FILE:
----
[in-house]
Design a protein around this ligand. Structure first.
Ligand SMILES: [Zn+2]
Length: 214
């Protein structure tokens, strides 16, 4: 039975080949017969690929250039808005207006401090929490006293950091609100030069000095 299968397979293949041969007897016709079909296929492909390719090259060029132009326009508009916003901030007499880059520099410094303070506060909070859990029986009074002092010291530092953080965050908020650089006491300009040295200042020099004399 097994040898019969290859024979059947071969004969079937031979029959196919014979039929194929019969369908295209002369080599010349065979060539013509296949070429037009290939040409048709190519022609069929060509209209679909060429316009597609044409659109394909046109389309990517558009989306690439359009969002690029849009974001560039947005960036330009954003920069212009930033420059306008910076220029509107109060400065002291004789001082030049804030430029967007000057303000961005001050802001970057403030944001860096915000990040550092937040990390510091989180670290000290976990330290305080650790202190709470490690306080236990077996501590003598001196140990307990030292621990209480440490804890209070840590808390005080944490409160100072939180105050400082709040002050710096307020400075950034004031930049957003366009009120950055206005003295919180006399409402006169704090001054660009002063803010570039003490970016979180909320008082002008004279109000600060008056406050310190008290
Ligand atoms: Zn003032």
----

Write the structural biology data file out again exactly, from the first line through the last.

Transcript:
[in-house]
Design a protein around this ligand. Structure first.
Ligand SMILES: [Zn+2]
Length: 214
């Protein structure tokens, strides 16, 4: 039975080949017969690929250039808005207006401090929490006293950091609100030069000095 299968397979293949041969007897016709079909296929492909390719090259060029132009326009508009916003901030007499880059520099410094303070506060909070859990029986009074002092010291530092953080965050908020650089006491300009040295200042020099004399 097994040898019969290859024979059947071969004969079937031979029959196919014979039929194929019969369908295209002369080599010349065979060539013509296949070429037009290939040409048709190519022609069929060509209209679909060429316009597609044409659109394909046109389309990517558009989306690439359009969002690029849009974001560039947005960036330009954003920069212009930033420059306008910076220029509107109060400065002291004789001082030049804030430029967007000057303000961005001050802001970057403030944001860096915000990040550092937040990390510091989180670290000290976990330290305080650790202190709470490690306080236990077996501590003598001196140990307990030292621990209480440490804890209070840590808390005080944490409160100072939180105050400082709040002050710096307020400075950034004031930049957003366009009120950055206005003295919180006399409402006169704090001054660009002063803010570039003490970016979180909320008082002008004279109000600060008056406050310190008290
Ligand atoms: Zn003032």